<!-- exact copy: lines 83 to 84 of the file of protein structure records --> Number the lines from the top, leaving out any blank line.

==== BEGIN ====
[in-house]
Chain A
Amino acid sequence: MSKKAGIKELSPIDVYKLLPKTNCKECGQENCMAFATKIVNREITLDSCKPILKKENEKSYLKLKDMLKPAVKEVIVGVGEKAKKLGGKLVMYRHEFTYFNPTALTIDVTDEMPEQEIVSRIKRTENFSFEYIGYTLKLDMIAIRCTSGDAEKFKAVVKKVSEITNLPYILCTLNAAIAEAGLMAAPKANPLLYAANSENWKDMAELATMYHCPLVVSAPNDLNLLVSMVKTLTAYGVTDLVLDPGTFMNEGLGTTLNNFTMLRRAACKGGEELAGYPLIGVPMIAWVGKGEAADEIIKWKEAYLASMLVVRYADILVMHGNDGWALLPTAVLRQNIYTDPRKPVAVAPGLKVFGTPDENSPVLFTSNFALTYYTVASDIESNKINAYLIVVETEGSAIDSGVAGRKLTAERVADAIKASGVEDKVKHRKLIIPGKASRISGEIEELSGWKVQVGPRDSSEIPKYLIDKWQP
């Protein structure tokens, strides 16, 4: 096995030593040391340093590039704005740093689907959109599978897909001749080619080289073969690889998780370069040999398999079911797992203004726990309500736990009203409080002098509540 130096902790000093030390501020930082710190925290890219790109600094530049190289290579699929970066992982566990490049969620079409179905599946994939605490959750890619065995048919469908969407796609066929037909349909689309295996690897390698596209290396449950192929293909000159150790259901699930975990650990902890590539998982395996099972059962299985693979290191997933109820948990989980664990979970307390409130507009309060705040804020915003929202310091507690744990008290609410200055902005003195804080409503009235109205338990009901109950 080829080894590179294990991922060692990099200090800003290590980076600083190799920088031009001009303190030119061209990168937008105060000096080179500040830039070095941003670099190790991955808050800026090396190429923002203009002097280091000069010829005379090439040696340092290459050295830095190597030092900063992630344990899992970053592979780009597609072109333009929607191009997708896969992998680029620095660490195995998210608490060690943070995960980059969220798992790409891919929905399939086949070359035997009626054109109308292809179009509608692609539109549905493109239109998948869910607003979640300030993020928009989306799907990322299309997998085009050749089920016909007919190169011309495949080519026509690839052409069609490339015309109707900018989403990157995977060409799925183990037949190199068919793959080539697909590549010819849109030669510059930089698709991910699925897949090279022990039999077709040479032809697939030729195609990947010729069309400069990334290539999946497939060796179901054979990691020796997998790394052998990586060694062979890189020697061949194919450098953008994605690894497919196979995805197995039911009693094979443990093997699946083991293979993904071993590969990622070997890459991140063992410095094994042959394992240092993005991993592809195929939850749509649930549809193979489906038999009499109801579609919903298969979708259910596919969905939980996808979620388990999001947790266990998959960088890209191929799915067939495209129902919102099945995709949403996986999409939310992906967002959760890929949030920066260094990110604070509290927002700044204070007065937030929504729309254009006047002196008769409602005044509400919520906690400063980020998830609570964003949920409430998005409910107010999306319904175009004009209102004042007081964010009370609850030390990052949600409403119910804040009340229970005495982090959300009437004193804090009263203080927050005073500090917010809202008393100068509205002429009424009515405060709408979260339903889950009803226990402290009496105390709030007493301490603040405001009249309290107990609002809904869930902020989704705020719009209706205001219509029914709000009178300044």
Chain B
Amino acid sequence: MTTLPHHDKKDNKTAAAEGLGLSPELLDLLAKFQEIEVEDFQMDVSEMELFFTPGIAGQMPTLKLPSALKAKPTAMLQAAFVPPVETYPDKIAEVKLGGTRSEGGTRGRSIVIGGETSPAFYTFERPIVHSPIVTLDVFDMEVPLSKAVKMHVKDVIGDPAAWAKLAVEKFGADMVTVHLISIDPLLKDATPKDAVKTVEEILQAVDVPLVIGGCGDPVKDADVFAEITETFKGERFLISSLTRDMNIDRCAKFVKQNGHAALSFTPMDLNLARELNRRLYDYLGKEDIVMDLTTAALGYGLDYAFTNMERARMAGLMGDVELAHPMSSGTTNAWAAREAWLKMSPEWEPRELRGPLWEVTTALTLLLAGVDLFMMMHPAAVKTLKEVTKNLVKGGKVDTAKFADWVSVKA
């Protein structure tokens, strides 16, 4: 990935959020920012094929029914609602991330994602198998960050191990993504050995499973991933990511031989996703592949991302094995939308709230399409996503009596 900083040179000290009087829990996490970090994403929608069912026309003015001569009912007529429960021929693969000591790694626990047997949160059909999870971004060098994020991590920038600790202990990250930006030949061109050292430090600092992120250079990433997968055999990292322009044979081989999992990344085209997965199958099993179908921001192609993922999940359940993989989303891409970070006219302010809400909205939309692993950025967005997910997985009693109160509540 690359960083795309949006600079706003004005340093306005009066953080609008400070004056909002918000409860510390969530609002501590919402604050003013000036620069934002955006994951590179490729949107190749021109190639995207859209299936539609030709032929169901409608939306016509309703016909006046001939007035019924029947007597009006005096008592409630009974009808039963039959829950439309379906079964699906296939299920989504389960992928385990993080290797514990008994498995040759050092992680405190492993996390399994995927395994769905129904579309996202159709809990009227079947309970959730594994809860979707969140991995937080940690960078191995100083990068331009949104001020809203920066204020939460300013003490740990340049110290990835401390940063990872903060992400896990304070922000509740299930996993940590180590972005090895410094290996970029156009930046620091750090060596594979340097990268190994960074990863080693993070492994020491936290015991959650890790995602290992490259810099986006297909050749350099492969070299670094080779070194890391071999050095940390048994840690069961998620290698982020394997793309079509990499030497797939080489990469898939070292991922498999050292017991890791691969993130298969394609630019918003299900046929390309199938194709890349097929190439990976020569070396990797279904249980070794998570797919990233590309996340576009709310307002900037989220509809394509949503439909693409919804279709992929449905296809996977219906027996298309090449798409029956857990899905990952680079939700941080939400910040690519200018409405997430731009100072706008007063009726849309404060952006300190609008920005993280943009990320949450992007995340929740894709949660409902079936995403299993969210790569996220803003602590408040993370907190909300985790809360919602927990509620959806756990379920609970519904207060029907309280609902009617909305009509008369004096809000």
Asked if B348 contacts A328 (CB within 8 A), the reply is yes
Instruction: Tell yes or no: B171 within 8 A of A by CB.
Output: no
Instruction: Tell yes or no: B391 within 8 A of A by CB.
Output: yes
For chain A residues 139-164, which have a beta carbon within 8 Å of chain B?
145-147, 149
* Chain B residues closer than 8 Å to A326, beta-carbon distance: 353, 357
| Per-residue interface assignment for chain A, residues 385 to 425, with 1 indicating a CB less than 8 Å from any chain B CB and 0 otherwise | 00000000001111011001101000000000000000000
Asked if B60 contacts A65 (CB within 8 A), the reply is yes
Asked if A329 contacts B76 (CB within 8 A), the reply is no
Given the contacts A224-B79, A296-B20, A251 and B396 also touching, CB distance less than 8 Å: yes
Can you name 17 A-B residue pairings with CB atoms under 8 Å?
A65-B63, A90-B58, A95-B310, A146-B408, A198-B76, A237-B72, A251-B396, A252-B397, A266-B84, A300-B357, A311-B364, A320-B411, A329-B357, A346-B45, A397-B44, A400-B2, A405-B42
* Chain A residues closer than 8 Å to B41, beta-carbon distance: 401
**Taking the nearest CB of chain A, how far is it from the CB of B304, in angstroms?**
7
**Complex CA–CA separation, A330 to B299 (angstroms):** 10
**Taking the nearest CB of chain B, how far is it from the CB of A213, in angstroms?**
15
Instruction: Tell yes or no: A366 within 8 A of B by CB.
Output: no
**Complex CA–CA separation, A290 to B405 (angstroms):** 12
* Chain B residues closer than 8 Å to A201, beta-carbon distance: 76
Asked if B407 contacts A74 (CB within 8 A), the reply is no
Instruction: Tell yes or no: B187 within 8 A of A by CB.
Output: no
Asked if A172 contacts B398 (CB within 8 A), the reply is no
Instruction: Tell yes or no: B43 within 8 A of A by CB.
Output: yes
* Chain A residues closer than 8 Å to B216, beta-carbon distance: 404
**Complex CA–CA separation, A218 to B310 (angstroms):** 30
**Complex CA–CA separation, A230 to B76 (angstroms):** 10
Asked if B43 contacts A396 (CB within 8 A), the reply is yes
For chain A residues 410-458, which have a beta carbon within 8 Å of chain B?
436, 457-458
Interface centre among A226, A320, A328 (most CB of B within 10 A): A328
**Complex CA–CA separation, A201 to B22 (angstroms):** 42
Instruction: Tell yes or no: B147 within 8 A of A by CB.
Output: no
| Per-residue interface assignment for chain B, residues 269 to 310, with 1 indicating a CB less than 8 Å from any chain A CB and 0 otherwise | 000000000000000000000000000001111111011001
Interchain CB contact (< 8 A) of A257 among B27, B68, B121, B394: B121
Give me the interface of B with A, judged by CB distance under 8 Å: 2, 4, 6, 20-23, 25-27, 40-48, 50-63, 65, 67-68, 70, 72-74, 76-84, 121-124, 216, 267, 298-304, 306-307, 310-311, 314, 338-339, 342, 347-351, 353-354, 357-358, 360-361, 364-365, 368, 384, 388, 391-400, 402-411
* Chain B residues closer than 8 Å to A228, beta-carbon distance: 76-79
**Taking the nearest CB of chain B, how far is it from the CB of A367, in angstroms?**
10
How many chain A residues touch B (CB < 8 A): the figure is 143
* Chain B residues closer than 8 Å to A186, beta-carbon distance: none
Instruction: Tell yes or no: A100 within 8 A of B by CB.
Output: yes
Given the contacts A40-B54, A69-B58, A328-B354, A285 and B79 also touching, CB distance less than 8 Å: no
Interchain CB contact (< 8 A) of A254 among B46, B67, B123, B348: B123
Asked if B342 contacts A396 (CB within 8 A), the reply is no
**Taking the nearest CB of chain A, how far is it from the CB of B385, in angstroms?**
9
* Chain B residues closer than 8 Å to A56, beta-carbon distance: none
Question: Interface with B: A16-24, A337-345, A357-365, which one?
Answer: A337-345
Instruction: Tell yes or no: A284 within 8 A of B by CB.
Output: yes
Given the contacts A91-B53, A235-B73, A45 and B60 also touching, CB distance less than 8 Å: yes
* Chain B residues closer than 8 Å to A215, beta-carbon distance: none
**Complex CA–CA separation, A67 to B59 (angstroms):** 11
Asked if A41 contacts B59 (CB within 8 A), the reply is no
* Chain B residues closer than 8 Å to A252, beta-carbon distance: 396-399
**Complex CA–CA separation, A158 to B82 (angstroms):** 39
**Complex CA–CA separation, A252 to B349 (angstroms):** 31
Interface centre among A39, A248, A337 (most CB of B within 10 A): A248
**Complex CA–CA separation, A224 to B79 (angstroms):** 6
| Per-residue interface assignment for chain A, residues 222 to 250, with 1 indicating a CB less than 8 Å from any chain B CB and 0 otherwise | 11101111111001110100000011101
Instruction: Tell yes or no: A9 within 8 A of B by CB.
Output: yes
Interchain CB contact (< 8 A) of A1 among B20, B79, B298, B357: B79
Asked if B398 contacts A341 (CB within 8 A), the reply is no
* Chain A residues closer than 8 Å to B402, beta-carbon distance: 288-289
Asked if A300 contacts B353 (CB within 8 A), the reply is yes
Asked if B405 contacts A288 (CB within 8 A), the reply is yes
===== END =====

Asked if A300 contacts B353 (CB within 8 A), the reply is yes
Asked if B405 contacts A288 (CB within 8 A), the reply is yes